From Crain’s Chicago Business in Illinois. “Homes in Lake Forest aren’t selling. The average time a home in the quintessential North Shore suburb spends on the market is one of the highest in its peer group: for homes that sold in May, it was 186 days. ‘It’s been slow up here,’ says Marina Carney, a Griffith, Grant & Lackie agent. ‘We’re all feeling it,’ says Sue Beanblossom, a Berkshire Hathaway Home-Services Koenig-Rubloff Realty Group agent in Lake Forest. ‘It takes a long time to get something sold in Lake Forest today.’”

“At the end of May, Lake Forest had enough homes on the market to supply 14.5 months’ sales, according to Midwest Real Estate Data. The problem lies in Lake Forest’s aged housing stock, high asking prices, unmotivated sellers and a long commute to downtown, real estate agents say. But the market may be telling those sellers to stop waiting. A mansion on Mayflower Road came on the market recently with an asking price of $4.9 million, or less than three-quarters of the nearly $6.6 million the sellers paid for it 15 years ago.”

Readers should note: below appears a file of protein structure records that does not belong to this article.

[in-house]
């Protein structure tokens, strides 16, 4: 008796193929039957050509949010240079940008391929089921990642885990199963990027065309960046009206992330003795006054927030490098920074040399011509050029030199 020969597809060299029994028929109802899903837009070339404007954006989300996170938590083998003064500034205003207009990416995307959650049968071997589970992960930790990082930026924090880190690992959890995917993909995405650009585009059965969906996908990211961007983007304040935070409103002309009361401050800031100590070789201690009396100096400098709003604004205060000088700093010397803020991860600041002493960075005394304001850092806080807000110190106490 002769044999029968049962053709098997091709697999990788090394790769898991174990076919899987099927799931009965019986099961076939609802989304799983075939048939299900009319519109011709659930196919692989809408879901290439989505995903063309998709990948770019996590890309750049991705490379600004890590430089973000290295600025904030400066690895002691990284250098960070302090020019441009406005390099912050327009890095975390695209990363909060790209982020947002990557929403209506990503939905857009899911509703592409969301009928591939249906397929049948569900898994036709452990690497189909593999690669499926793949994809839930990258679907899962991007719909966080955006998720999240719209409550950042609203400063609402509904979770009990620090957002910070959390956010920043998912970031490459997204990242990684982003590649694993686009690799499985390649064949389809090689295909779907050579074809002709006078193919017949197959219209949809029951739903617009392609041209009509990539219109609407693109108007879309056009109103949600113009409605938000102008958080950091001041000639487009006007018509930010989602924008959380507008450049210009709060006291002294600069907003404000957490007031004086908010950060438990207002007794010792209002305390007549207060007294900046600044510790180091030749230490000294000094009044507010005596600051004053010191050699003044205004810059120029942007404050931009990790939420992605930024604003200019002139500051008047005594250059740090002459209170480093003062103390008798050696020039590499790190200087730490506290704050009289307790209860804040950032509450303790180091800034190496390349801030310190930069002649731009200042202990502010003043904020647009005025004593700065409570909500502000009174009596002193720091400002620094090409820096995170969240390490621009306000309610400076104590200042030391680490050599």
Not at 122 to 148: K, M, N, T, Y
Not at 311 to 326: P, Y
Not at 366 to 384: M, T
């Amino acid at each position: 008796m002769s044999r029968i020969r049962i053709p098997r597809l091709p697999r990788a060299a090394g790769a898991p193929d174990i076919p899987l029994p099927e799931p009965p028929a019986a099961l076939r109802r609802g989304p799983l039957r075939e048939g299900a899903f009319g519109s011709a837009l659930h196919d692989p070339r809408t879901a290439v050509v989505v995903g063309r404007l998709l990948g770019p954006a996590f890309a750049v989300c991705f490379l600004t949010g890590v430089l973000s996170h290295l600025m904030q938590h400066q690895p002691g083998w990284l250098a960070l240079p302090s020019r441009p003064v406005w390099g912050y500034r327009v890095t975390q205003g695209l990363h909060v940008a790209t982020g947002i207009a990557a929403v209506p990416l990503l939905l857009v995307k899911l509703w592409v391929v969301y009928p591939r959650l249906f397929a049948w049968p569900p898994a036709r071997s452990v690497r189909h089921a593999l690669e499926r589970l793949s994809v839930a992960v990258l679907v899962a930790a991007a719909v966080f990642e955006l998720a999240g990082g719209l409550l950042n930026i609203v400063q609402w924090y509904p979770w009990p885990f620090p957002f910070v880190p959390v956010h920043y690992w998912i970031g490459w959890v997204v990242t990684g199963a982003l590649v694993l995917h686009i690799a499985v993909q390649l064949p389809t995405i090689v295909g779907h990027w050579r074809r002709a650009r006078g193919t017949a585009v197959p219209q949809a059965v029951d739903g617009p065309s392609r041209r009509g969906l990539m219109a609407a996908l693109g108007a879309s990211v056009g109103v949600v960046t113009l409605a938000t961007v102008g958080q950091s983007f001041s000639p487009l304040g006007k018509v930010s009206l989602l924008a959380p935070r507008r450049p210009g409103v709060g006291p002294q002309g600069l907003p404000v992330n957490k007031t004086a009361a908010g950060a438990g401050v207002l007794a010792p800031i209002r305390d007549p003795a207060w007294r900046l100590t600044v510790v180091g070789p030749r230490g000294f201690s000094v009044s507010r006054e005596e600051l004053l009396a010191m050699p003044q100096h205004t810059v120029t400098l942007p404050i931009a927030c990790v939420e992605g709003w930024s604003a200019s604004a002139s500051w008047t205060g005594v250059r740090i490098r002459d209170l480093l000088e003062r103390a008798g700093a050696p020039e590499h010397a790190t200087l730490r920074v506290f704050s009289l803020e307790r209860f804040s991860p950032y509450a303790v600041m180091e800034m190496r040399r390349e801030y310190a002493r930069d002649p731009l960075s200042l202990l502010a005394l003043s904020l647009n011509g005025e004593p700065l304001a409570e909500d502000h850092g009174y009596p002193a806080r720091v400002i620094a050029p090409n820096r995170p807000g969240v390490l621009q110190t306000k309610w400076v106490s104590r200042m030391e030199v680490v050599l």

“The owners of a 10-year-old house on Kennicott Drive listed a four-bedroom in January at just under $1.8 million, or about 85 percent of their 2007 purchase price. They closed the sale in early June at about $1.47 million. ‘That was disappointing for my sellers and for me,’ says Beanblossom, who handled the sale. ‘But they wanted to get it over with.’”

The Aspen Daily News in Colorado. “In his Aspen Snowmass Market Report real estate analysis for the first half of 2016, Sotheby’s broker associate Andrew Ernemann referred to Snowmass Village as the upper valley market’s ‘unexpected bright spot.’ However, he said Aspen’s slowdown could potentially impact its neighbor this year. It’s the tippy-top of Pitkin County’s real estate market that has taken a huge hit this year. In 2015 there were 30 residential properties sold for $10 million or more. This year that segment is off by more than 60 percent, according to Tim Estin, who published his most recent market analysis on July 8. And he said the trend is by no means unique to this market.”

“‘The luxury sales declines correspond with what one hears about other high end real estate markets around the country,’ Estin wrote. ‘Sales are either off considerably or have stopped — foreign buyers have dried up, uncertainty prevails and there is an abundance of high priced inventory.’ Ernemann concurred that, ‘Many of the world’s luxury real estate markets have experienced a drop in sales activity and/or prices in 2016.’”